Pakistan batsmen thrive at Chittagong

Shahryar Khan

January 17, 2002

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Yousuf Youhana and Younis Khan, players who have grown to be stalwarts of the Pakistani middle-order in recent times, struck sparkling centuries to propel their side to a 281-run lead over a baffled Bangladesh at the MA Aziz Stadium in Chittagong.

The hosts, no doubt hoping for once to avoid defeat inside three days, picked only six wickets from three sessions of ruthless Pakistani batting. Sending back Taufeeq Umar early, caught at slip off Mohammad Sharif, and removing Inzamam-ul-Haq earlier than expected, Bangladesh's bowlers may have rejoiced briefly and walked back to their marks with a spring in their step. For the rest of the day, however, they could do little but helplessly witness the absolute mastery of Younis and Youhana.

After Inzamam was caught at slip to give Fahim Muntasir his first Test scalp, the Pakistani duo batted with class and control that Chittagong is unlikely to host again in the near future. As if following an unwritten manual, both took singles off the good deliveries and flayed the bad balls for boundaries. The scoreboard whirred along steadily, and Bangladesh looked unlikely to break through except by immense good fortune.

Muntasir's debut grew less inauspicious when, with the score on 236, he induced a false shot from Younis to have him caught by Mehrab Hossain at mid-wicket. Striking 20 fours in his knock, Younis made 119 and put on 70 scintillating runs with Youhana for the fourth wicket.

Dhaka hero Abdur Razzaq, Rashid Latif and Waqar Younis all fell relatively cheaply, chancing their arms once too often after taking hot-blooded boundaries off the Bangladesh attack. It fell to Saqlain Mushtaq, often the second fiddle in a glorious concerto, to provide Youhana with the stable support he needed.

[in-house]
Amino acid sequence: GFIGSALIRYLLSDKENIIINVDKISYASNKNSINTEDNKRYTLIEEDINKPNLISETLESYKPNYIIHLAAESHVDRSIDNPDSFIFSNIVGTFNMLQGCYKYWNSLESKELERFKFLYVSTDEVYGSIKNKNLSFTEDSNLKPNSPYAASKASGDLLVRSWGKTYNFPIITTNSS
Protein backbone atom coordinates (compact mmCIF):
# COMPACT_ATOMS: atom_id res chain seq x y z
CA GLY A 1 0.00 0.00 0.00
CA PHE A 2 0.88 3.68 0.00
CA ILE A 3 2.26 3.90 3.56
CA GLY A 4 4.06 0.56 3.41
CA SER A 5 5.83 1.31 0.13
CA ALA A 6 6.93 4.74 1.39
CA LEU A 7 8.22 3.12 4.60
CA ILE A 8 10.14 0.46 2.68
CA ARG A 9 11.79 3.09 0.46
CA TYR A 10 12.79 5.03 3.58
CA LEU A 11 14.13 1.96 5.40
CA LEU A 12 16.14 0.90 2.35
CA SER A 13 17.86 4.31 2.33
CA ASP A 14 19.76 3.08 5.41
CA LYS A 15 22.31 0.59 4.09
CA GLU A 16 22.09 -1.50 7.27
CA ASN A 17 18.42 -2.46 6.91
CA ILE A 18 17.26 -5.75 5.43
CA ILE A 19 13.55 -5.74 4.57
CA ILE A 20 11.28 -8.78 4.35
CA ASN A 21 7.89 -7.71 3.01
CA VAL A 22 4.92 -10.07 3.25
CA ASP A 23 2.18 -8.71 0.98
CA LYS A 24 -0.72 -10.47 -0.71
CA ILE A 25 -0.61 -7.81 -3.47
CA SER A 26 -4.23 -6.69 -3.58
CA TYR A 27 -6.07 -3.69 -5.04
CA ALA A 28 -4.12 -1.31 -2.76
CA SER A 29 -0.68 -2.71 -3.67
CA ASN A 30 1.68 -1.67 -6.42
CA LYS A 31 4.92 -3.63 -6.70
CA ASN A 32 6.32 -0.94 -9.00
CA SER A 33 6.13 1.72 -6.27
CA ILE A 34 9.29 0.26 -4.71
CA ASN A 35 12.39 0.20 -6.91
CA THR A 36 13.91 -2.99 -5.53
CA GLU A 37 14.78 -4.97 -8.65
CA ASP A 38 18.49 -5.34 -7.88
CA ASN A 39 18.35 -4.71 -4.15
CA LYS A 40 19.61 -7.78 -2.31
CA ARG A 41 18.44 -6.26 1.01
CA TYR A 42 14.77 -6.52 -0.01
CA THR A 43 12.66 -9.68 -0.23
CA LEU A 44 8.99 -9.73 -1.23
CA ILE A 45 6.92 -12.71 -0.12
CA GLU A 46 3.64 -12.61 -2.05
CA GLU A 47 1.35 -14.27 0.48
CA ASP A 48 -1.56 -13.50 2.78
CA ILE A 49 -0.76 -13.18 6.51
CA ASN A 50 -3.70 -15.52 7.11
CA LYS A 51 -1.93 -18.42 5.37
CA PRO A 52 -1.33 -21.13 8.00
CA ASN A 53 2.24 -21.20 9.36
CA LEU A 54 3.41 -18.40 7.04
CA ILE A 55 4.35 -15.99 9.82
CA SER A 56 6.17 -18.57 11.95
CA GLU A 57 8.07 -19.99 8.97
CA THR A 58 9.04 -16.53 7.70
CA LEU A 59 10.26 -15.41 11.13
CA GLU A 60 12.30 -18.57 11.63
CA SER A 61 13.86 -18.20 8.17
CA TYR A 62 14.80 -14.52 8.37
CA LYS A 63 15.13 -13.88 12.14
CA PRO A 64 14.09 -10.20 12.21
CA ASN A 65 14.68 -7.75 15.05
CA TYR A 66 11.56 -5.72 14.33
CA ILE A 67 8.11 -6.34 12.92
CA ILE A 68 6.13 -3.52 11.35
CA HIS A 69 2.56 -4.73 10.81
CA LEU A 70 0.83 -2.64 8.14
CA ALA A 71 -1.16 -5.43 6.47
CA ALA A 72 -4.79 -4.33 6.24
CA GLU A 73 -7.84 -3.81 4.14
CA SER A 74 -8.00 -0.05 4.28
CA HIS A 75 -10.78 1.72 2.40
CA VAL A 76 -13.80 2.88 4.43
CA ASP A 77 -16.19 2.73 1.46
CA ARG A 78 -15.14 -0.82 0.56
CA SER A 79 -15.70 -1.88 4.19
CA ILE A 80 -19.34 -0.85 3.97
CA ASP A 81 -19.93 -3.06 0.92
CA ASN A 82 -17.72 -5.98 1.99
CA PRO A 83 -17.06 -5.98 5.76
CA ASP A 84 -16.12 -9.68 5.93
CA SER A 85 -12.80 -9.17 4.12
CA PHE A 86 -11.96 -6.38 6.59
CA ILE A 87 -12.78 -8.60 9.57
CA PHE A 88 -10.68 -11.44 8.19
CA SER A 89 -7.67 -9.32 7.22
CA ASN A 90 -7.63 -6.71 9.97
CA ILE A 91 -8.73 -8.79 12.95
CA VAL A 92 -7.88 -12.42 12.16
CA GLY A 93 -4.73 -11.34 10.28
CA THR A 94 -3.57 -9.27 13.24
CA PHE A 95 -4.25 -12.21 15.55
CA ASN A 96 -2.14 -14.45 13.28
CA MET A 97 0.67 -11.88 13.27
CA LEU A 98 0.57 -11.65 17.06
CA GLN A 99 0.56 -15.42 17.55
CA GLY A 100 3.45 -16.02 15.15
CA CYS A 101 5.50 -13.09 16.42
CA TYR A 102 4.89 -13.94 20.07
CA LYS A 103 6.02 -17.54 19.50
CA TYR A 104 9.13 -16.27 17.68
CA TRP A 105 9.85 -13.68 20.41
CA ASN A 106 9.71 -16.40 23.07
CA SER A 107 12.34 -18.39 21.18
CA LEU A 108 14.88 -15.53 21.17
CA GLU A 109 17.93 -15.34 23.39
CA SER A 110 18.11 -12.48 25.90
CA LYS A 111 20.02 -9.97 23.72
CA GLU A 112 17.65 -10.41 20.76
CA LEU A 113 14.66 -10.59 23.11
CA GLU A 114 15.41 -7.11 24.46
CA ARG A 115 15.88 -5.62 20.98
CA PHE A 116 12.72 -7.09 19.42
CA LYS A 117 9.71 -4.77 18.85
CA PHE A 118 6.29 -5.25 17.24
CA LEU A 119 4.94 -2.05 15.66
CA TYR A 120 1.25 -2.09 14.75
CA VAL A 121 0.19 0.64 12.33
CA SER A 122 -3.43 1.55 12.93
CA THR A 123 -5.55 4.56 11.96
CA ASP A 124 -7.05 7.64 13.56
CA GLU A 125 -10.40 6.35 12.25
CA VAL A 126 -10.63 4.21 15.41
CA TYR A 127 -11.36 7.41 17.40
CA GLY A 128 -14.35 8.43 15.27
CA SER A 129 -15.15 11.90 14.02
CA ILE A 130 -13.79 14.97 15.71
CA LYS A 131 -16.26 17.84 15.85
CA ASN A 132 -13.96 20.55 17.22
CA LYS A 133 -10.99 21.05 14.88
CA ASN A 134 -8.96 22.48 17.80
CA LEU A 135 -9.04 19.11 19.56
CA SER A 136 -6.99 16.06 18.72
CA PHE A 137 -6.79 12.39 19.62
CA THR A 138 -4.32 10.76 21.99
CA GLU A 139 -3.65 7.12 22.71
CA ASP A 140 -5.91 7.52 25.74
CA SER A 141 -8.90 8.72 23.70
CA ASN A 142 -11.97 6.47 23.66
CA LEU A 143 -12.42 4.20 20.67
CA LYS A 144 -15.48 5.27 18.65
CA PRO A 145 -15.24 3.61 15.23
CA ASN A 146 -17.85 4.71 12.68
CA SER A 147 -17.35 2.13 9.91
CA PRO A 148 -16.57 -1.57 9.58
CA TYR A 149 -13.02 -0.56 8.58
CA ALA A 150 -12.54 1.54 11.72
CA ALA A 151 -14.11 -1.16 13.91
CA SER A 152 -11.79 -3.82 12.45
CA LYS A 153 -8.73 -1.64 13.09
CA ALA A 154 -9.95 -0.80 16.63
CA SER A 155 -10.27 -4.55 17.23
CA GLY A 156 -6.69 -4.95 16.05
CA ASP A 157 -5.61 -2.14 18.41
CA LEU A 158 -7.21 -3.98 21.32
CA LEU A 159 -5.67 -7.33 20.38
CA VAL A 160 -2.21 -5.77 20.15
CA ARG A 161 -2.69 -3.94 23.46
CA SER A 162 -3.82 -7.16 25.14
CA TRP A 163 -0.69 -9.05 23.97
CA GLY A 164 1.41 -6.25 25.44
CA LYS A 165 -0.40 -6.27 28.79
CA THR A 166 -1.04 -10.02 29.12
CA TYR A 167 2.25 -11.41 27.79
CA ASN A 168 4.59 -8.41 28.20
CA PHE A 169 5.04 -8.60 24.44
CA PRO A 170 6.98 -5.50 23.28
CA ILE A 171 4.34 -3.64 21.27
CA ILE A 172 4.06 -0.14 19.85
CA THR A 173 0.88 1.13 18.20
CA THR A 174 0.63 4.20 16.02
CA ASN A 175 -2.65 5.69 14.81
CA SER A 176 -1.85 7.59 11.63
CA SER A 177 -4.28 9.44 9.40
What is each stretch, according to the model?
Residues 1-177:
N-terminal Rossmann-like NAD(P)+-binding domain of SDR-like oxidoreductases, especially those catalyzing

Youhana reached his ninth Test hundred off 144 balls, his knock an amalgamation of his status as a top-flight player and proof of his ability to be cruelly punitive on loose bowling, as Muntasir and Manjural Islam would only be too glad to testify.

With the aggression of a maddened bull, Youhana came down even more heavily upon the Bangladesh bowling after reaching his century. Putting on an unbeaten 90 runs for the eighth wicket with Saqlain, Youhana played with supreme confidence, haughtily leaving the best deliveries alone and pouncing on the not-so-rare bad ones to gleefully show them the fence.

At stumps, Pakistan were 429 for 7, with Youhana batting on 174 and looking good to complete his second Test double hundred tomorrow. Saqlain, especially in comparison to the run-machine at the other end, looked positively sluggish, managing only 7 off his 58 deliveries.

An impartial observer would find it difficult to select the best bowler of an errant attack, but Mohammad Sharif proved the most consistent, sticking to a reasonably tight length in all his spells and being rewarded with three wickets. Debutant Muntasir may have picked three wickets as well, but his lavishness in conceding 131 runs from 27 overs will, 20 years down the line, mar his rose-rimmed memories of his first Test.

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© ESPN Sports Media Ltd.

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